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Monday, September 29, 2014

What is Circovirus And Why Is it Killing Dogs Recently

By:  Laurie Brzostowski, President, Snaggle Foot Dog Walks and Pet Care-Round Lake, IL

I have been watching the news lately and a new/old virus is striking down dogs everywhere. This is not necessarily a "new" virus and it has, in the past, mostly affected the pig population.  But now it seems to have "moved" into the dog population.

I thought it would be a good idea to post about this deadly virus so everyone can be aware of it and what to do if you see symptoms in your dog.

A new virus is striking dogs in the middle of the country, and if not treated, it has the potential to kill an infected animal in just days. There's no vaccine. In other animals, it's been highly infectious, and scientists still can't say with certainty how it's transmitted. What is certain is this disease could be deadly, especially in kennel settings. Even though cases have been limited to just three states so far - California, Michigan, and Ohio. 

"They're suspecting the dogs can bleed into their cavities, their chest into their abdomen, and those are some of the more serious ones that would bleed to their deaths," said Dr. Pan.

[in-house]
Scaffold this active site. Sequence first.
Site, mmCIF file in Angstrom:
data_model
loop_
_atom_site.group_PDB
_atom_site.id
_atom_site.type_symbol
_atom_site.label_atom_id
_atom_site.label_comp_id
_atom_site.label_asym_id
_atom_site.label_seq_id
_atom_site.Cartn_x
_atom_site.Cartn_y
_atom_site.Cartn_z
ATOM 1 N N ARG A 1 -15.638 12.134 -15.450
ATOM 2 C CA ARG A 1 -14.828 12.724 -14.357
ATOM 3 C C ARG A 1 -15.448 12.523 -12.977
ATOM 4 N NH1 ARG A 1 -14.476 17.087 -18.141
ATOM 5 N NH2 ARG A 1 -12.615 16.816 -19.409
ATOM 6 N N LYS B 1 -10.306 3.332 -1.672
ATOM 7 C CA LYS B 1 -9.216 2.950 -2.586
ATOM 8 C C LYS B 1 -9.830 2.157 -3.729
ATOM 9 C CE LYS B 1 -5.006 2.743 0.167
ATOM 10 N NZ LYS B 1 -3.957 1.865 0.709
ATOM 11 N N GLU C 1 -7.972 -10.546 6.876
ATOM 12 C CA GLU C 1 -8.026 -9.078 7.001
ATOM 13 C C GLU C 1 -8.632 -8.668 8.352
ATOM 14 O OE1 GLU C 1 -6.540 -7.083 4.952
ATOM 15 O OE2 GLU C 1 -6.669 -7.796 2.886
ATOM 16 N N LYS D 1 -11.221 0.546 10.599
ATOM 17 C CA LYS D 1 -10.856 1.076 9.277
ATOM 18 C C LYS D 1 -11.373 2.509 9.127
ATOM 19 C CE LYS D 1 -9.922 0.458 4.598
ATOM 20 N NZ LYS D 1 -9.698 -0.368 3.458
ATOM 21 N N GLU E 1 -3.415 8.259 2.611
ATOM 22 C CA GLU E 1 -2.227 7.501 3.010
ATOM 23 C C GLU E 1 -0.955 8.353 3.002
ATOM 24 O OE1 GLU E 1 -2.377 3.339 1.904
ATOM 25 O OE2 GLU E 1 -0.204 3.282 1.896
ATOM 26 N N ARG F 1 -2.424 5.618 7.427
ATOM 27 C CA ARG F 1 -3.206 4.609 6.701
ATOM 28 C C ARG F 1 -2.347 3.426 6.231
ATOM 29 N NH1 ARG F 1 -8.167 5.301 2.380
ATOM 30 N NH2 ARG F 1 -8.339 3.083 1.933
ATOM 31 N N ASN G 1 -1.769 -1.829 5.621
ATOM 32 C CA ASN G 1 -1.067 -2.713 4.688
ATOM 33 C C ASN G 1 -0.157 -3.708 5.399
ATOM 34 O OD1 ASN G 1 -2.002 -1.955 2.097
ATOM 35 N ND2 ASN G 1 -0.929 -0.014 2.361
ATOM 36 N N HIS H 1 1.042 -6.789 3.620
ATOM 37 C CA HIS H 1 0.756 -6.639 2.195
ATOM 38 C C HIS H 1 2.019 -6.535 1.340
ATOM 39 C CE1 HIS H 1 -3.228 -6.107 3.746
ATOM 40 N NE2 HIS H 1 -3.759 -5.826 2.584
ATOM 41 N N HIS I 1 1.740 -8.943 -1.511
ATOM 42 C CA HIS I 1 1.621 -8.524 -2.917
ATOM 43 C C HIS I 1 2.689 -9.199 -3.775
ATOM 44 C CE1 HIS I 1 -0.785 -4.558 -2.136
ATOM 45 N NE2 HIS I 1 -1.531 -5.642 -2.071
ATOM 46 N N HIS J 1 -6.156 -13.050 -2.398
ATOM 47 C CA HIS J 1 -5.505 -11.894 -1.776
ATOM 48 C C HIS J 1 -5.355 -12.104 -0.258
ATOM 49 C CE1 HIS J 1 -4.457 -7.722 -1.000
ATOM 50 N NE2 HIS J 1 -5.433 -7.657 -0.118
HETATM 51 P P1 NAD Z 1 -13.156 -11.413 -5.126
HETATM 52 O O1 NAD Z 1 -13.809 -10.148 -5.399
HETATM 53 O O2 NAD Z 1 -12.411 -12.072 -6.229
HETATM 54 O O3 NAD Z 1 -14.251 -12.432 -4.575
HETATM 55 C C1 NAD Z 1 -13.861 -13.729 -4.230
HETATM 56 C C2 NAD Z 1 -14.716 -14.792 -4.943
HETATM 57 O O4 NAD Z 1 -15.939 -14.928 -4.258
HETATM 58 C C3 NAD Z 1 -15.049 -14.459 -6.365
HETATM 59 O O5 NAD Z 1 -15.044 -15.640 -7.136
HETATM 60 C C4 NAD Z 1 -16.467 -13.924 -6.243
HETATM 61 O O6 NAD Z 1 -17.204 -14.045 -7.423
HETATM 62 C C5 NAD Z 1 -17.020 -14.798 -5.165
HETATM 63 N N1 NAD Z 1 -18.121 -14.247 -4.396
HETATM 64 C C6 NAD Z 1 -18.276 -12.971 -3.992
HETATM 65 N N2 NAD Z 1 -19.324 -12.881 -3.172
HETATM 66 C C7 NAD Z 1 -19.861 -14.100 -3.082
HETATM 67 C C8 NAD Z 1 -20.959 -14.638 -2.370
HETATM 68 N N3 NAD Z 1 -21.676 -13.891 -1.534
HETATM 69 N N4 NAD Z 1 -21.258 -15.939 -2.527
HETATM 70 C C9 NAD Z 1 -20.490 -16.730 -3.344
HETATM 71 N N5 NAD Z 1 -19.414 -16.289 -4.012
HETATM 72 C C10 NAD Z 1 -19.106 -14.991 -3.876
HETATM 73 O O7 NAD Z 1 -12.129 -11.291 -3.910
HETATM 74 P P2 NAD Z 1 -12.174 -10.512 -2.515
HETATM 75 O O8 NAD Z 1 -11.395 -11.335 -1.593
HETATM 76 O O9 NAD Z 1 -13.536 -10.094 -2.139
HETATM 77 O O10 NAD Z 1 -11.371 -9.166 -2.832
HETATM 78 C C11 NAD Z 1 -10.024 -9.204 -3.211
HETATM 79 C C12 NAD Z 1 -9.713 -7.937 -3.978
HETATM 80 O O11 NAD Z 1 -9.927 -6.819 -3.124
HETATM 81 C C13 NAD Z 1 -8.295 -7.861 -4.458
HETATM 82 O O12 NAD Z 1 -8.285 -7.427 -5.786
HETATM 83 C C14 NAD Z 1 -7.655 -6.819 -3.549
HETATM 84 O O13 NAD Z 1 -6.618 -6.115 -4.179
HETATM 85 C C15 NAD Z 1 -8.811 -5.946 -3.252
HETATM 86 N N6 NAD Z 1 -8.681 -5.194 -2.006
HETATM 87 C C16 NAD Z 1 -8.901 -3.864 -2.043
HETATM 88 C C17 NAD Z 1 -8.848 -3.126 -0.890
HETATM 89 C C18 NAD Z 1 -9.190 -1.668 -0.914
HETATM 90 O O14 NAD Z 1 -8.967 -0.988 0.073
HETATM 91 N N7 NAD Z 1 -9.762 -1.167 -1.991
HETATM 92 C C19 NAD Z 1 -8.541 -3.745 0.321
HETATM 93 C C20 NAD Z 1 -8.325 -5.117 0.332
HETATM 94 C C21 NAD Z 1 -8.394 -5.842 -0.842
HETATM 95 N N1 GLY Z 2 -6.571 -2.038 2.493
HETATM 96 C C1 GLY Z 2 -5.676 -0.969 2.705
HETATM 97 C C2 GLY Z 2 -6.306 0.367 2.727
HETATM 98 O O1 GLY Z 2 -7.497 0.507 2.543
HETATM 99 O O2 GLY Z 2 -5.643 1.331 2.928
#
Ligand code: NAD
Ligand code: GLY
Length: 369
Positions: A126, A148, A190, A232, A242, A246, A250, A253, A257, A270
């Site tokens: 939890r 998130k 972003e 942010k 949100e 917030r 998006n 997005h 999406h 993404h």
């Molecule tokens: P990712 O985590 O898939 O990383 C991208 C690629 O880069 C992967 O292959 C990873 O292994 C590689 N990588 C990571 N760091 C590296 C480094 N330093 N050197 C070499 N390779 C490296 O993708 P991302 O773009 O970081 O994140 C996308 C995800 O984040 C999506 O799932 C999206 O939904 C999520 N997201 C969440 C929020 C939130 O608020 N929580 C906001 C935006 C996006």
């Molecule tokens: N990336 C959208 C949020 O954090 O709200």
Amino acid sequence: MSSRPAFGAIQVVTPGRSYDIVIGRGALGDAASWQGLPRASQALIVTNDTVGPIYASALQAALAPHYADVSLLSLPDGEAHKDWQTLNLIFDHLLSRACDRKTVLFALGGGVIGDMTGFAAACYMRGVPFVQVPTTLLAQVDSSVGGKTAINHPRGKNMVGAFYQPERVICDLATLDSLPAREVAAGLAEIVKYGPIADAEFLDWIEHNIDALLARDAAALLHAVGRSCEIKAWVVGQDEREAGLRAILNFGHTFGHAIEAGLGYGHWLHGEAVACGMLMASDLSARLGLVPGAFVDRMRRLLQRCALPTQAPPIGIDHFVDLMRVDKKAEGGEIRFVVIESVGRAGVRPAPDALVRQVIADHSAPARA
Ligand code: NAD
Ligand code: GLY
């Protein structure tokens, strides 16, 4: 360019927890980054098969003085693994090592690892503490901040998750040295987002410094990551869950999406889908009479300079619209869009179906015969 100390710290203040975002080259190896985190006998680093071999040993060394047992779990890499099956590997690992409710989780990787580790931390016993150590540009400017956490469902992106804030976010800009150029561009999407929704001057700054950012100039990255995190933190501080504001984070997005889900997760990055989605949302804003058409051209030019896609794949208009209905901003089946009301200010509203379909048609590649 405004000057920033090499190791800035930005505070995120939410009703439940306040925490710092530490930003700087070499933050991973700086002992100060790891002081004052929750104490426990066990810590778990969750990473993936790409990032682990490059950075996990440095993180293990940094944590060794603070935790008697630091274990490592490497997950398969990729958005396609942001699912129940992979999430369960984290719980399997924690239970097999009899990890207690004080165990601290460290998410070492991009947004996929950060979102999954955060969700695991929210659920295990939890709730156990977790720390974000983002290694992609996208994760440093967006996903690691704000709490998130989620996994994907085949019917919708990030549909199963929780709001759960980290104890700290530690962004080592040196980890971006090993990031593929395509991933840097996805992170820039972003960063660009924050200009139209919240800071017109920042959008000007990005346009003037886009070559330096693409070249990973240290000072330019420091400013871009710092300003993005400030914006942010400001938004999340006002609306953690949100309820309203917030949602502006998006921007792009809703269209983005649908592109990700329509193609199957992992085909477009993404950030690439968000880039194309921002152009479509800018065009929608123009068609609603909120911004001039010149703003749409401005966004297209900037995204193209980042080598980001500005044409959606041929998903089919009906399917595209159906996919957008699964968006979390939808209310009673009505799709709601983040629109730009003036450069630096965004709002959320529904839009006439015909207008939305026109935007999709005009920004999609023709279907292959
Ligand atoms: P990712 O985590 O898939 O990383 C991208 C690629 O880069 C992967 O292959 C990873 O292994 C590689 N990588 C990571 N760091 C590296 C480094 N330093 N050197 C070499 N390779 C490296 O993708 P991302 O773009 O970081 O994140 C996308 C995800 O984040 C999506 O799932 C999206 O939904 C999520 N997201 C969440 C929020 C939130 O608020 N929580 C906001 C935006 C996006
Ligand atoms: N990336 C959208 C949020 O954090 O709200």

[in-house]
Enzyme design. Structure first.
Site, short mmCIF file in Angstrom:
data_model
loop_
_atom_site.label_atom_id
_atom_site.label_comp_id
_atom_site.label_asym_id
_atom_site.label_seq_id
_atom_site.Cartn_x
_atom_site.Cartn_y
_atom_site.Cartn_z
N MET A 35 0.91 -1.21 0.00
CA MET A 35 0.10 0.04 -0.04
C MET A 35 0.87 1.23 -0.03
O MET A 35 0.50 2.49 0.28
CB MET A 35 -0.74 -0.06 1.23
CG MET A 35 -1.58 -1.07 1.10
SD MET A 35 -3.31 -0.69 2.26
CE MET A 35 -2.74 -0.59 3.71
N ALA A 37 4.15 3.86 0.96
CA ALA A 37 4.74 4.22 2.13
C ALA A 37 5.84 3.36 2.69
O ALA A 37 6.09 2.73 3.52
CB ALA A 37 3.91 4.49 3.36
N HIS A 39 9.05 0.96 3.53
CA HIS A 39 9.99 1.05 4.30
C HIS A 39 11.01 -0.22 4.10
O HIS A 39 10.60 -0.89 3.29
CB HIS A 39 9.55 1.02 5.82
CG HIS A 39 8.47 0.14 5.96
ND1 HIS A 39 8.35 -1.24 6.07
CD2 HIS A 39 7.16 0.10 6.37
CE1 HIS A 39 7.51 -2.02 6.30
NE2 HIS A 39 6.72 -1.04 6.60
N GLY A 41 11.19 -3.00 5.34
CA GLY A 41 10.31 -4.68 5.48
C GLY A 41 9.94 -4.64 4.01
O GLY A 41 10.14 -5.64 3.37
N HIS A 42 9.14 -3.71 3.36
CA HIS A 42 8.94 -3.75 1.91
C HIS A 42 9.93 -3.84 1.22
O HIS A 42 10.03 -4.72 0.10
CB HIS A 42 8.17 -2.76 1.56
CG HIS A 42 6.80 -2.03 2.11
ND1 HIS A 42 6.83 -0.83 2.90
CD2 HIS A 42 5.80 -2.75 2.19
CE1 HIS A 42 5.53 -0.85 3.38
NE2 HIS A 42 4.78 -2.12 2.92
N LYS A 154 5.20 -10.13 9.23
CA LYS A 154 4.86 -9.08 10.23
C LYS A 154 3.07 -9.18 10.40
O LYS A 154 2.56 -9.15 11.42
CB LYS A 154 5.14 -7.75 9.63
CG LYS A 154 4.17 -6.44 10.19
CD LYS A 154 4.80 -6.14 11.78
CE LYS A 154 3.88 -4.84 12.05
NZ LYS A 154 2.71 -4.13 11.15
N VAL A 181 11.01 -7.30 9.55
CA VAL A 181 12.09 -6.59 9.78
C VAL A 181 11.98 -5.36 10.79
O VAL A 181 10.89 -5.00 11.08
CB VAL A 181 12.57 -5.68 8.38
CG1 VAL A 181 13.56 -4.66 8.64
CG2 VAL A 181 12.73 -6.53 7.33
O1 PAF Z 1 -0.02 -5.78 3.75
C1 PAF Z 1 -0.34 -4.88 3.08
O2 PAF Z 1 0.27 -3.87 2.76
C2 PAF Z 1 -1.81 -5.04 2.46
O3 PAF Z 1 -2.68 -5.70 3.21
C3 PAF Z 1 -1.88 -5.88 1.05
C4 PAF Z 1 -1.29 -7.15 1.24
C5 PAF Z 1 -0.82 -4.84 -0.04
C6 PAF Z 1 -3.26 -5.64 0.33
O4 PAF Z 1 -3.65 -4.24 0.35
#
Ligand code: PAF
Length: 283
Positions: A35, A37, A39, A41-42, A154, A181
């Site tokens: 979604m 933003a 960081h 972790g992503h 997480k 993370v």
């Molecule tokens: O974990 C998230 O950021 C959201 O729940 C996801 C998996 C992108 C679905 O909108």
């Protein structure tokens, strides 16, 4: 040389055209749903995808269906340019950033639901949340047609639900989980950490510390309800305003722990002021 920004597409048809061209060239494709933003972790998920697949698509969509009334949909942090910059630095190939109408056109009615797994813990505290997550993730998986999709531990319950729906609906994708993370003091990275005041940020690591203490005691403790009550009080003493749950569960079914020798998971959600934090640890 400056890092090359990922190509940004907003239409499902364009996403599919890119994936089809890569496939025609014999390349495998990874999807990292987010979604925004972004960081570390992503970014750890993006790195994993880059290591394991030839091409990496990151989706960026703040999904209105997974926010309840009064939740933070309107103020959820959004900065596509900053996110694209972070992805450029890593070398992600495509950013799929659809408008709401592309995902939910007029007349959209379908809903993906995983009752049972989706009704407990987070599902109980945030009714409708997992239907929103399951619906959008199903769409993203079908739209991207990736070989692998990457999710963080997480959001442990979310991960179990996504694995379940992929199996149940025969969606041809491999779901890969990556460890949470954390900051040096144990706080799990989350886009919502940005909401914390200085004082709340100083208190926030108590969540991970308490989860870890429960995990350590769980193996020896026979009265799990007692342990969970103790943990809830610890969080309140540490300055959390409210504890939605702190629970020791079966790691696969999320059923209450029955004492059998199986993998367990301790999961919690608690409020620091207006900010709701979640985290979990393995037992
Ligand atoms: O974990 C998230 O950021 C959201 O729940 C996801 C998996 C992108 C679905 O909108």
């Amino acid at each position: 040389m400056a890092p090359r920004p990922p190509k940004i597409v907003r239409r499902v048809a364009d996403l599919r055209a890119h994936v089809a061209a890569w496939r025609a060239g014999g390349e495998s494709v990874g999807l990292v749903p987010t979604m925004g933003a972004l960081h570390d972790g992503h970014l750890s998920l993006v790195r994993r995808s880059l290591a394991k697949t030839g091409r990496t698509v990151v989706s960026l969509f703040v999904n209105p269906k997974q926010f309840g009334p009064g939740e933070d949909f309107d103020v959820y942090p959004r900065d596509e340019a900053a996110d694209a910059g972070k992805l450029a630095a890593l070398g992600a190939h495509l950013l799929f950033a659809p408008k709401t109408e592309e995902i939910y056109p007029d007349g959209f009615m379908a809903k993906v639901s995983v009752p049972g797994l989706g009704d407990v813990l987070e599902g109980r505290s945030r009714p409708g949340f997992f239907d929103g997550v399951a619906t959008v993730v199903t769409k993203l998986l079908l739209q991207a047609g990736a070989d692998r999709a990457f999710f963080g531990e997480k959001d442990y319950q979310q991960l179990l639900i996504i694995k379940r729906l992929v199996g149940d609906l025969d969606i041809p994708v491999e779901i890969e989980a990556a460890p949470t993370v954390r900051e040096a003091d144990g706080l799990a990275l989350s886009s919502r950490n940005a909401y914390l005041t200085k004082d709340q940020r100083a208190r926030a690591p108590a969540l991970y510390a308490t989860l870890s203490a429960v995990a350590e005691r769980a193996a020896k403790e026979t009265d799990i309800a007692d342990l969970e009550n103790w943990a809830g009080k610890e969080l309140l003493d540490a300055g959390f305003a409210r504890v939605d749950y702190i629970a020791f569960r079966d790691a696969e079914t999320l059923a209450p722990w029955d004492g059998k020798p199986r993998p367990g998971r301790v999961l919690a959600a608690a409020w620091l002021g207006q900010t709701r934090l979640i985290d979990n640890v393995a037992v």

It's called circovirus. Vets have been aware of it for years but mainly in pig populations - it can decimate a hog farm in just a week. Certain pet birds also seem susceptible, especially parrots, parakeets and cockatoos. What's new is, the virus has never made the jump to dogs - until now.

One of the main problems with circovirus is there's no easy way to diagnosis it. Since it can kill so quickly, sending blood samples off to a lab for testing just isn't practical.

Doctors do know that dogs who are frequently boarded or spend time in "play situations" with large groups of other dogs would be at greatest risk. The bad news is, there's no vaccine to prevent it - no known cure - and to make matters worse, it's still not clear how the virus is spread.

That fact is especially frightening for kennel or doggie daycare operators responsible for a large number of dogs.

Since the disease was only first detected in dogs in 2012, the symptoms aren't set in stone.

Here's what we know: many of the infected dogs had severe inflammation in their intestinal tract, and exhibited varying degrees of lethargy, vomiting, and diarrhea. If your dog exhibits those symptoms, visit the vet immediately, but it's believed that some dogs can be carriers and not symptomatic.

Please keep an eye on your furbabies and if you see any of the symptoms listed above, visit your veterinarian immediately.  It may not be circovirus but take your dog into your vet anyway just to be sure.  

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